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Words Can Hurt: Talking About Health Issues, Wisely

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Words Can Hurt: Talking About Health Issues, Wisely

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We’ve all known that the childhood rhyme “sticks and stones” is very far from the truth—words can definitely do more damage than broken bones. As health practitioners, it is important to pay attention to the words we use when describing others (especially people with health conditions, disabilities, or mental health issues).

Kaiser Health News recently published an article about how the media often use words that can wound when describing people with mental health issues and disabilities. The article begins with a story of an NPR correspondent asking a lawyer whether his client was a “nut case.”

Readers and listeners responded, calling out the reporter’s insensitive choice of words. NPR’s ombudsman responded in a blog post and the reporter claims that her choice of words was not in reference to a person with mental health issues, but instead a “term to indicate a total flake.”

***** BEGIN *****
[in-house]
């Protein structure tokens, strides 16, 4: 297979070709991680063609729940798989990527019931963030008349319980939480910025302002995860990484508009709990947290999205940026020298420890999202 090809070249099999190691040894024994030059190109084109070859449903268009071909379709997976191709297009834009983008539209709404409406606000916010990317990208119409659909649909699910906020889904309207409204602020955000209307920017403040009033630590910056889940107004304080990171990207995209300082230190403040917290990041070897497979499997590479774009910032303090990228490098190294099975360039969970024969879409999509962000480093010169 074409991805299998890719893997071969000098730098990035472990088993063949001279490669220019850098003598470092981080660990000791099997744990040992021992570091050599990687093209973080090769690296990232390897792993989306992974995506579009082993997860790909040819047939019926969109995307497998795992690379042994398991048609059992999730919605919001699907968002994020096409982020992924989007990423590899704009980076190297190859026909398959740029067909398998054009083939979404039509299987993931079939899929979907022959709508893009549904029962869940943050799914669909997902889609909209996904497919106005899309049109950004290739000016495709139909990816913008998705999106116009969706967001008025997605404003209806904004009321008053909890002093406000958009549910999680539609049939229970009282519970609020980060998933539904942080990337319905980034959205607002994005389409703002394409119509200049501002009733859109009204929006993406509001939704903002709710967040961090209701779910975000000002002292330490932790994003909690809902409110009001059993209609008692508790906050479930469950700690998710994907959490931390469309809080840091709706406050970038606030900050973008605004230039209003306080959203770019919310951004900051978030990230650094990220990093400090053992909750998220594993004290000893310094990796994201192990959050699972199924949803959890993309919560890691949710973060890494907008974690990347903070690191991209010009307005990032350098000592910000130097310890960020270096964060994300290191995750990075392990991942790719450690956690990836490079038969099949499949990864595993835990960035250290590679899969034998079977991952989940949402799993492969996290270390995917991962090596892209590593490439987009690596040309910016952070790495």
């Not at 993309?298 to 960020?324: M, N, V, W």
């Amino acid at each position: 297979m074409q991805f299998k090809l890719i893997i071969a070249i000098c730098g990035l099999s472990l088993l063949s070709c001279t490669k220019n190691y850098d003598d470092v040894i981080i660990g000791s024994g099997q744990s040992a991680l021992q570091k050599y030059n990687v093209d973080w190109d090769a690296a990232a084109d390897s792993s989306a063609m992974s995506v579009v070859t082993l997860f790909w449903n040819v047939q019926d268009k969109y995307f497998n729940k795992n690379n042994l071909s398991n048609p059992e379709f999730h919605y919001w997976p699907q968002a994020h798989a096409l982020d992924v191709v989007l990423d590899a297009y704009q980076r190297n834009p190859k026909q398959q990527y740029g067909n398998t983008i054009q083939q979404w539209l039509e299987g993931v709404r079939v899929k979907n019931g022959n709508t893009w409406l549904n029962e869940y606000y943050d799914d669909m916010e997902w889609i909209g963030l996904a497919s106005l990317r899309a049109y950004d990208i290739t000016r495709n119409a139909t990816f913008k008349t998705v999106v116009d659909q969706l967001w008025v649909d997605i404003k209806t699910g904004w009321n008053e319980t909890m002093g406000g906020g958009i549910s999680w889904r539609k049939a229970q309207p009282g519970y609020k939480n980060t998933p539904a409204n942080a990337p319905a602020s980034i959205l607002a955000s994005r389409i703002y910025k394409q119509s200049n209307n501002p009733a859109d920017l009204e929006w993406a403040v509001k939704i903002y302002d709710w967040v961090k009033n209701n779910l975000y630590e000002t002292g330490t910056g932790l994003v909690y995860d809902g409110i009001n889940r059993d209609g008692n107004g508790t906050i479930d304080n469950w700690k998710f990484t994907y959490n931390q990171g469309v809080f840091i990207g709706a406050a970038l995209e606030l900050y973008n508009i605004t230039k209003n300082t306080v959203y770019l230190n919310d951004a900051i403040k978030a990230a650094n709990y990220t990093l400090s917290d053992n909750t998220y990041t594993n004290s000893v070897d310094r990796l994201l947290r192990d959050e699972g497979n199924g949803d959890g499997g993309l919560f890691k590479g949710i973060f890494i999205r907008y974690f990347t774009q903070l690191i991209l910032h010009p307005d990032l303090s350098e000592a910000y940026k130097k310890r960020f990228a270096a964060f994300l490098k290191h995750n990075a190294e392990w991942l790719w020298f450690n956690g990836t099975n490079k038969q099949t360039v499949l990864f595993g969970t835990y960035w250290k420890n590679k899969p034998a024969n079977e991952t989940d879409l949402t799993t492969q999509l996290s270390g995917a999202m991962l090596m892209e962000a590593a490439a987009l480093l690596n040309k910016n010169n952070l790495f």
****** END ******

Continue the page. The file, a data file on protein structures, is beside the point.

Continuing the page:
The Kaiser Health News article goes on to talk about the strong reaction people have with word choices when describing these sensitive topics. It’s not just a politically correct issue—one interviewee said that these terms result in stigmatization of people with mental health issues and can negatively affect a person’s ability to get a job, find housing, and have social relationships.

Read the article here.  

One way to avoid stigmatization is to use person-first language when talking about people with disabilities and other health issues. The National Center on Disability and Journalism has a style guide to help journalists understand person-first language. 

You can use the list as well, as it is a good reminder that the way we describe health issues can hurt, offend, and stigmatize. 

Here are a few reminders from the style guide (read the whole guide here): 

  • Avoid referring to “the disabled.” Remember that it is akin to saying “the Asians” or “the Jews.”
  • Using the term “suffers from” assumes that the person with a disability is suffering or has a reduced quality of life.

Check out the whole list here.  

Do you have any tips for remembering to use person-first language? How do you encourage others to be mindful of the words they use to describe disabilities, mental health issues, and other health conditions? Tell us in the comments.

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  • Glad to see you specifically mention the problems with 'suffering from' terminology.  I have seen a little too much of this within our own OT community lately and it has been disappointing.  It has been even more disappointing to see that corrections were not made when the problems were pointed to directly with using this terminology.  I hope people will see this post and be moved to action.  Words matter - I agree.

    Christopher J. Alterio, Dr.OT, OTR

  • Thank you, Christopher. I think we can all use reminders about this every now and then.